Collations in SQL Server handle several aspects of string data:
Locale / LCID (referring to the Culture: en-US, fr-FR, etc)
This is used to determine culture-specific overrides to the default linguistic sorting and comparison rules used by Unicode /
NVARCHAR data across all Collations as well as non-Unicode /
VARCHAR data for Windows (i.e. non-
This is the character set used for non-Unicode /
VARCHAR across all Collations. To be clear, Code Pages do not apply to Unicode /
NVARCHAR data as Unicode is a single character set. And to be super clear, Unicode is a single character set regardless of how it is encoded: UTF-8, UTF-16, or UTF-32.
Case and Accent sensitivity can be controlled across all Collations. Kana and Width sensitivity can only be controlled when using the Windows Collations and are assumed to be "insensitive" when using the
Also, all of the Windows Collations should have a binary option (at least the deprecated
_BIN, if not also
_BIN2) whereas there are only two
SQL_ Collations that have the
Ability to handle Supplementary Characters
A set of Collations with names ending in
_SC were added in SQL Server 2012. These allow for proper sorting / comparison as well as handling by built-in functions for UTF-16 Surrogate Pairs (which is how UTF-16 encodes Code Points above U+FFFF). This option is not available to any of the
Please note that regardless of Collation, all UTF-16 data can be stored and retrieved without any data-loss in
XML columns and variables, even if the Collation does not allow for properly interpreting Supplementary Characters.
Also, there are some behavioral differences for non-Unicode /
VARCHAR data only when using the
- ASCII value 0 /
CHAR(0) does not equate to an empty string.
- When sorting data using a case-sensitive Collation (e.g.
SQL_Latin1_General_CP1_CS_AS), upper-case characters will sort ahead of lower-case characters.
- String-sort is used, which sorts all punctuation ahead of all letters, instead of Word-sort, which ignores dashes and apostrophes within words (e.g.
a-f sorts before
aa using String-sort, but after it when using Word-sort).
- No culture-specific character expansions are done (e.g.
'æ' = 'ae')
There is, however, behavioral consistency between
NVARCHAR data using any collation and
VARCHAR data using a Windows Collation.
Hence, ideally, the
SQL_ Collations shouldn't be used given the above restrictions and differences, not to mention that they are also deprecated (and there are only 77 of them and 3810 Windows Collations as of SQL Server 2014). If anything, try to use the most recent version of a particular Collation (e.g.
_100_), and if offered, use one ending in
SQL_Latin1_General_CP1_CI_AS is the default when installing a new instance in the US (at least). But one should not willingly pick a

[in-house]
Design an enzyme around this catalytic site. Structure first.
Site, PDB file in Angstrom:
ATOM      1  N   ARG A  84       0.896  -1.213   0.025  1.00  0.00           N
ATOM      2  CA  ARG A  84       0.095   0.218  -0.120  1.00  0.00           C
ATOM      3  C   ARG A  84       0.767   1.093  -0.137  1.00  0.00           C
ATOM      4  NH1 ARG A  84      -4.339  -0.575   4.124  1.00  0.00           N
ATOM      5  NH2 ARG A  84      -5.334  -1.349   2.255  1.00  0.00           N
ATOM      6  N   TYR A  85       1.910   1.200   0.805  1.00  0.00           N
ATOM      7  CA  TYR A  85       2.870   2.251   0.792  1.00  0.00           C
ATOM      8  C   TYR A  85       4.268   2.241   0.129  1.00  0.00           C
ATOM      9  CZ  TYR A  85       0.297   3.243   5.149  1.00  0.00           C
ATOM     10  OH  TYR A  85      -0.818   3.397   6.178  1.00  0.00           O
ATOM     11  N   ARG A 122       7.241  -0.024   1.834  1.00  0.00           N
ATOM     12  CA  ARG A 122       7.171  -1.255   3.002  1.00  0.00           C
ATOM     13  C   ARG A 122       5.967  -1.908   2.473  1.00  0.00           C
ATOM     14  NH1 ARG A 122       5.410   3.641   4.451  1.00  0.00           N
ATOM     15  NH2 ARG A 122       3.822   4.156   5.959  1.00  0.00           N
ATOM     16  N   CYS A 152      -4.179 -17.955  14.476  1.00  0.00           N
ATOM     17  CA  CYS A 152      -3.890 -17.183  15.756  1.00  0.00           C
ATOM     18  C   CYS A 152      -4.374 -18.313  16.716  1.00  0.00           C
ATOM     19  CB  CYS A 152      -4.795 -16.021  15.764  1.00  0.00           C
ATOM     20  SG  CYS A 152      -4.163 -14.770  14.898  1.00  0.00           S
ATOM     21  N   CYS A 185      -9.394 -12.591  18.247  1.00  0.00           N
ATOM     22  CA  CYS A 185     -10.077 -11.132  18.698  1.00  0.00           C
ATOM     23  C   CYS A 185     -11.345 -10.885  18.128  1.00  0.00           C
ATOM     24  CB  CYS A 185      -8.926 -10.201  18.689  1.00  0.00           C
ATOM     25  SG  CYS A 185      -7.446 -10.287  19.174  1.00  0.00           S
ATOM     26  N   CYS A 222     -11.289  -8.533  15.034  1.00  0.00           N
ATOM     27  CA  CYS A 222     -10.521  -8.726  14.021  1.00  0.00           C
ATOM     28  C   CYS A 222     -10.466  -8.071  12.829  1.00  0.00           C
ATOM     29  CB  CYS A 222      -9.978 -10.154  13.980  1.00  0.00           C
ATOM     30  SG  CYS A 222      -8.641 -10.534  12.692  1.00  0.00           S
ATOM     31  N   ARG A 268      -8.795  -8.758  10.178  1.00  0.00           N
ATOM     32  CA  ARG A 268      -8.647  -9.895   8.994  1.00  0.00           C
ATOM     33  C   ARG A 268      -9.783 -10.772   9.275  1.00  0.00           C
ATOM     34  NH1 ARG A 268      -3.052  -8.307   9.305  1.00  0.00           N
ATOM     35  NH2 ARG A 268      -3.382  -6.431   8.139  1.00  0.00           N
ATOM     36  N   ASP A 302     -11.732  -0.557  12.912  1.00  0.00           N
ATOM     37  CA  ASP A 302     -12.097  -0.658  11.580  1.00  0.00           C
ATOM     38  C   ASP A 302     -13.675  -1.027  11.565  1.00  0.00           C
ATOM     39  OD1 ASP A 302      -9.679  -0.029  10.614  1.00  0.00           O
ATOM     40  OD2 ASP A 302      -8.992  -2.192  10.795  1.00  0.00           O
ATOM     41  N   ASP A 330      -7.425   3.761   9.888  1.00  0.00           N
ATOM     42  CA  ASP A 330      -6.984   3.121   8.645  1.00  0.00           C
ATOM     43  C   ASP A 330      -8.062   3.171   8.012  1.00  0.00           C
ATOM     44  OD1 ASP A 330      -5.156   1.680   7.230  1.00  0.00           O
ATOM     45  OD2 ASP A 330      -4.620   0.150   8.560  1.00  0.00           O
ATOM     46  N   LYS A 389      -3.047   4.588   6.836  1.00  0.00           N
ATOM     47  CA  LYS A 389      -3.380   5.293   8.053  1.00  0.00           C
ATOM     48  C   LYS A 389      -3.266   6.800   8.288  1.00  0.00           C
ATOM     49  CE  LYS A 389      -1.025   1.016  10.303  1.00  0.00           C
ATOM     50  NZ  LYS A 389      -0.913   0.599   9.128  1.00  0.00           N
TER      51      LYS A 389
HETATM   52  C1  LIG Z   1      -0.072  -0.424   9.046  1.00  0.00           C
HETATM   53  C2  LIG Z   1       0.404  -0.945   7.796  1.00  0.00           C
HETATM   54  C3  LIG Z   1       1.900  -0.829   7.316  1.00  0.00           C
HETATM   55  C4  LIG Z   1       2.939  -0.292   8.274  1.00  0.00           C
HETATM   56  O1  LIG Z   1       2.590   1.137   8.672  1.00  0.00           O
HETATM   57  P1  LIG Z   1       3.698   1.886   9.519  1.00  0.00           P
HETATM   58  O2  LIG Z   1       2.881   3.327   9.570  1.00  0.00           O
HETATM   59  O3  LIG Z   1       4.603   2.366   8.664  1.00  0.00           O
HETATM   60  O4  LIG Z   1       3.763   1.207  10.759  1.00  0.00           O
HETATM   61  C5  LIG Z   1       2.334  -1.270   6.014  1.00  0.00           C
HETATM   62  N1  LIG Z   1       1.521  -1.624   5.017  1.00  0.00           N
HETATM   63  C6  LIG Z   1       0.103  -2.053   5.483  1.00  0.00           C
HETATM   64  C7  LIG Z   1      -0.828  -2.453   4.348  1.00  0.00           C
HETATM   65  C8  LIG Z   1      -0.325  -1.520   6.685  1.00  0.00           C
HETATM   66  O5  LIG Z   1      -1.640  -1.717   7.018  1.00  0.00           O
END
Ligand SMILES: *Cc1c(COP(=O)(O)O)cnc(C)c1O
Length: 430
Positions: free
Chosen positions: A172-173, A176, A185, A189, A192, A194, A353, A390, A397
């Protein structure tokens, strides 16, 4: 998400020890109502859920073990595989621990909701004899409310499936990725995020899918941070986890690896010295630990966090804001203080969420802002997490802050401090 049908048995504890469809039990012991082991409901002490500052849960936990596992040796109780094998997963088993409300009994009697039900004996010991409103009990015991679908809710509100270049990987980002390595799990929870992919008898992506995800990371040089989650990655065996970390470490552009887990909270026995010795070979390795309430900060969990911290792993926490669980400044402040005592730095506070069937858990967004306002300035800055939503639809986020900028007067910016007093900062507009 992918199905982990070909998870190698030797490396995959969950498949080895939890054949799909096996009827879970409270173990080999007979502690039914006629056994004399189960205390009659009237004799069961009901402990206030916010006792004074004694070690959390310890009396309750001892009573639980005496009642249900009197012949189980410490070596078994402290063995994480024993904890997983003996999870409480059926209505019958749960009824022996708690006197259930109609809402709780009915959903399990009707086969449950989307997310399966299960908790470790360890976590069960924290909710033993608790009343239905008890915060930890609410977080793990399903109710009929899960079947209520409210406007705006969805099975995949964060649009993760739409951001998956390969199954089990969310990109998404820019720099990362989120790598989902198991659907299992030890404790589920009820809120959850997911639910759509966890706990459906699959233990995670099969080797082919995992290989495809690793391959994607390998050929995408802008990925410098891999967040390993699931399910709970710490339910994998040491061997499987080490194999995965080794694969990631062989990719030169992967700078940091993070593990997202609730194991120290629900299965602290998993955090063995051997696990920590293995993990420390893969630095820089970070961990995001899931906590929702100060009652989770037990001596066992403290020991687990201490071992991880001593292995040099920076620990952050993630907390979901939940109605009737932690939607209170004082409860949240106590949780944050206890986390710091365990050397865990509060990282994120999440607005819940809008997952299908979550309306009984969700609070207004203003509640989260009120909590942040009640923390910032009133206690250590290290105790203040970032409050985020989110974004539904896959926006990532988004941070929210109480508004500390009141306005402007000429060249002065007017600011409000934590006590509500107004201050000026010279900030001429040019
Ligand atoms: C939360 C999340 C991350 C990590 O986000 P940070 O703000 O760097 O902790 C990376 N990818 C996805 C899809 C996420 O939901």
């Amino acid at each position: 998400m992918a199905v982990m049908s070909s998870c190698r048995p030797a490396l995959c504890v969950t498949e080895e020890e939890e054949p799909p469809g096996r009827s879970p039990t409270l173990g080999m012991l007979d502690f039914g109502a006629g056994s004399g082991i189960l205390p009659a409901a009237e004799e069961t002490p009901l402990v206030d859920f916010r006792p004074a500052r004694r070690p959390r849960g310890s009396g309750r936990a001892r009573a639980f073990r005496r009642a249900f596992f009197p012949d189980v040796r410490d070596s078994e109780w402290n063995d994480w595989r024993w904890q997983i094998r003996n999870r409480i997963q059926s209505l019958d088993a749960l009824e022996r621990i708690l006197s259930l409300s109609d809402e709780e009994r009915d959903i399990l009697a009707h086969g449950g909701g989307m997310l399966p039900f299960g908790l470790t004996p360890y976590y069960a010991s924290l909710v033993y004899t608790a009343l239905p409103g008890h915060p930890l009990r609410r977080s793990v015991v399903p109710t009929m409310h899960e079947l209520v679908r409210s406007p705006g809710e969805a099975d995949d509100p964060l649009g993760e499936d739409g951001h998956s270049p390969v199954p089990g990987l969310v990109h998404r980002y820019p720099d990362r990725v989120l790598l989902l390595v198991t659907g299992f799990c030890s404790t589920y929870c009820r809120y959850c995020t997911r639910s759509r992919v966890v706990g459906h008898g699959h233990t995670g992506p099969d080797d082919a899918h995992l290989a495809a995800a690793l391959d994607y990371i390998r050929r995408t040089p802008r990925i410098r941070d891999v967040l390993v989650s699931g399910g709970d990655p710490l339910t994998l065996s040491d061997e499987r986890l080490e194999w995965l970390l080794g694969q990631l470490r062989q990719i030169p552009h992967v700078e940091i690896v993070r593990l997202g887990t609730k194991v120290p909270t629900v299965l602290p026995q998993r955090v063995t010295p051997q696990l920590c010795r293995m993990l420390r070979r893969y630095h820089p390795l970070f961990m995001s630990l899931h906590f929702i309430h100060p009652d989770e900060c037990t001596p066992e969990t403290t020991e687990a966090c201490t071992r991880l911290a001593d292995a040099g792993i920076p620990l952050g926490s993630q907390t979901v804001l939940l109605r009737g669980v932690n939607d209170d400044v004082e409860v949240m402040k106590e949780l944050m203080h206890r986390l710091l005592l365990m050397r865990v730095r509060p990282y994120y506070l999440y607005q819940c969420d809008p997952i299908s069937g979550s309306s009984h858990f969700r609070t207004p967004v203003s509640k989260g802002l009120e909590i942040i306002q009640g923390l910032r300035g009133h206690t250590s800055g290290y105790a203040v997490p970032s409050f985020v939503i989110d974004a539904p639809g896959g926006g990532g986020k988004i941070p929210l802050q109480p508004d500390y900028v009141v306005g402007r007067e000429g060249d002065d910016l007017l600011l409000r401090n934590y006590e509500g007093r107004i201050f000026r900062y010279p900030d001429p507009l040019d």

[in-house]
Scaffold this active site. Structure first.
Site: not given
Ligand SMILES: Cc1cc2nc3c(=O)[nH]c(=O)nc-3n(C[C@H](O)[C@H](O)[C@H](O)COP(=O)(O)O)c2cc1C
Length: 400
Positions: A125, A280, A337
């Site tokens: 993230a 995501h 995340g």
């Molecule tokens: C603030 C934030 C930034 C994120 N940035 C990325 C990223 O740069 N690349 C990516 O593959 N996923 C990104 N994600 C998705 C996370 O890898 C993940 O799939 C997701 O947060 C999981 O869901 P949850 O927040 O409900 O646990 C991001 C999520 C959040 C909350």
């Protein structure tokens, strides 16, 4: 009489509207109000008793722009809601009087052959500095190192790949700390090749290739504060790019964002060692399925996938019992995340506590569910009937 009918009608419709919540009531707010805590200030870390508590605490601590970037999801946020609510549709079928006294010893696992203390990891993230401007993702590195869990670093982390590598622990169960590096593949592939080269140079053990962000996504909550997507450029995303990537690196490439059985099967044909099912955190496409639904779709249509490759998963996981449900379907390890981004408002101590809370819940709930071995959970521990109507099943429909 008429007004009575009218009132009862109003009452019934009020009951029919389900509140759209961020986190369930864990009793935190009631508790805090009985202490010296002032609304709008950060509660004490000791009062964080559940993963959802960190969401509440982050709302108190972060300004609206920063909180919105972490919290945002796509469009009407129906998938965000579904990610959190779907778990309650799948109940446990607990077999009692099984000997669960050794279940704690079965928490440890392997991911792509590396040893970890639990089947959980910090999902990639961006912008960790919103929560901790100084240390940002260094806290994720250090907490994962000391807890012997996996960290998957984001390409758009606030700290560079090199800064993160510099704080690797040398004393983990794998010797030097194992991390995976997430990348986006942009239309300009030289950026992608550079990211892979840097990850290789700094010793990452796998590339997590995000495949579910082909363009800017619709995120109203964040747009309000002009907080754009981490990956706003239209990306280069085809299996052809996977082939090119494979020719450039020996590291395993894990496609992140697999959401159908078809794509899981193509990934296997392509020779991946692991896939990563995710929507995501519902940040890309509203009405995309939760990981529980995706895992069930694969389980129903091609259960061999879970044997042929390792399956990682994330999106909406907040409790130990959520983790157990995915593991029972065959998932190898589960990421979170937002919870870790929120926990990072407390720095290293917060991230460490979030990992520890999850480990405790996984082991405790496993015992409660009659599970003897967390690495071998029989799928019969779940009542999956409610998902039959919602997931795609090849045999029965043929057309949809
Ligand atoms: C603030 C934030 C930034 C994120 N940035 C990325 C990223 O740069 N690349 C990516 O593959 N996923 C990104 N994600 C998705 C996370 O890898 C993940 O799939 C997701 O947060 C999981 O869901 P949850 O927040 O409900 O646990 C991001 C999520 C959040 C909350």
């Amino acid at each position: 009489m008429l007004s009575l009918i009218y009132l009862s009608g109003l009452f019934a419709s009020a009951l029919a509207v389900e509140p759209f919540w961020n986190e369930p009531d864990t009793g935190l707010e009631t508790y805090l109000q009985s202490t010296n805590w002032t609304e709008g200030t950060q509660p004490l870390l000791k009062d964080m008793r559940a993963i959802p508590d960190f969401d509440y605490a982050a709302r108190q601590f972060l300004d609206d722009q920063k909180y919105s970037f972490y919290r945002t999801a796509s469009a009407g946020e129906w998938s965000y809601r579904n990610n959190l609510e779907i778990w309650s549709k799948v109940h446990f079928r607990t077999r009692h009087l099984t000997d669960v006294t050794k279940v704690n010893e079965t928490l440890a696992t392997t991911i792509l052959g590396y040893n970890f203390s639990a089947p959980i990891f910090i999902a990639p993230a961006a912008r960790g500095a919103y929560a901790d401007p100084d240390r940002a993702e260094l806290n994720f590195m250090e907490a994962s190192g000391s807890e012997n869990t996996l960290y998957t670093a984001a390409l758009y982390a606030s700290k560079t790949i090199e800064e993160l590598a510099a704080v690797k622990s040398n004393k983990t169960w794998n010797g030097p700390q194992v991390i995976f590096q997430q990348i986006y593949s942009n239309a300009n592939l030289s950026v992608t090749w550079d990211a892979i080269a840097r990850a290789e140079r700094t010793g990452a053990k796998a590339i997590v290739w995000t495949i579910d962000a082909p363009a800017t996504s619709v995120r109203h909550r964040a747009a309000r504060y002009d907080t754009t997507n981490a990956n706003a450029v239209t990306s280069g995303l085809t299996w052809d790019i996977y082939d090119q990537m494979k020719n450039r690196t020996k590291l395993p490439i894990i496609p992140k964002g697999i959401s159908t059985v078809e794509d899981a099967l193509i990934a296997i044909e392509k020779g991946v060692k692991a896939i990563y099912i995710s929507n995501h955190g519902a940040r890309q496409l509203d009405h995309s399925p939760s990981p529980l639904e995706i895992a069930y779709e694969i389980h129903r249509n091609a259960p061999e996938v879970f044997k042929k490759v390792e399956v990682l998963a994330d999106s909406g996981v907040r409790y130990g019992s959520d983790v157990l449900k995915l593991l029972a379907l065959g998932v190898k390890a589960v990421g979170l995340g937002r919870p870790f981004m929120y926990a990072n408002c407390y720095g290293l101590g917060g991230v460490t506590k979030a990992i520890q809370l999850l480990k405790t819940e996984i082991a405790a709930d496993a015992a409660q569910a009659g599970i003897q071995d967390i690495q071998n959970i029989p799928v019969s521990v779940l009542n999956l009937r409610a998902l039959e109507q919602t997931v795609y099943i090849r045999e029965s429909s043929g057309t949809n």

SQL_ Collation for new development, especially when needing to deal with multiple cultures.
But to answer the 4 additional questions:
How is Japanese_CI_AS different from SQL_Latin1_General_CI_AS when it comes to sorting non-Japanese characters?
This is with regards to
NVARCHAR data only, right? The LCID determines which culture-specific overrides to apply to the default sort options. I would suspect that the US-English characters will sort the same between Japanese and Latin1 Collations, but I am not sure if that holds true for other languages that use those characters as well, or for characters not found in US-English, such as letters with accents. And an added complication is that you have both letters already with accents and then letters without the accents combined with just the accents (i.e. combining characters) and those things might not equate the same across the English / German / Japanese / Chinese locales.
Does UCA sort differently than Japanese_CI_AS and SQL_Latin1_General_CI_AS?
I am not sure this question makes sense. There is a default sort order given to all characters. Then each locale can override (either replace or remove) any of those defaults or add new rules. So the UCA is the base weights for characters, but then each culture can deviate from those defaults. Hence there will be a large amount of overlap in the rules, but also a large amount of variation between them.
What is standard industry practice for systems used globally? (For example, what does Facebook, Twitter, Google, Flickr, Baidu or Microsoft, IBM, and SAP use?)
Not sure what those companies do exactly, but I doubt it is pre-indexed with culture-specific linguistic rules. At least not across ALL data. Most sites do ask for your preferred language and might use that to handle some of the data. Either way, there is no way to have a single, truly culture-independent sorting.
Does SQL_Latin1_General_CI_AS define a sort order for Japanese characters? If not, how/why does Japanese text work in SQL_Latin1_General_CI_AS?
Not sure what is meant by Japanese text "working", but Unicode is a single character set for all languages. So, the ability to store the characters of a particular language does not imply the rules by which those characters will be sorted.
As mentioned above, the UCA is a default sort order for all characters. The Latin1 Collations can do basic sorting across all languages (in terms of Unicode /
NVARCHAR data), but it would only have the default rules. The Latin1 Collations wouldn't have any culture-specific rules, and there can be multiple sets of those rules. Also, as stated above, the
SQL_ Collations do not have the ability to turn on Kana or Width sensitivity, which you might need.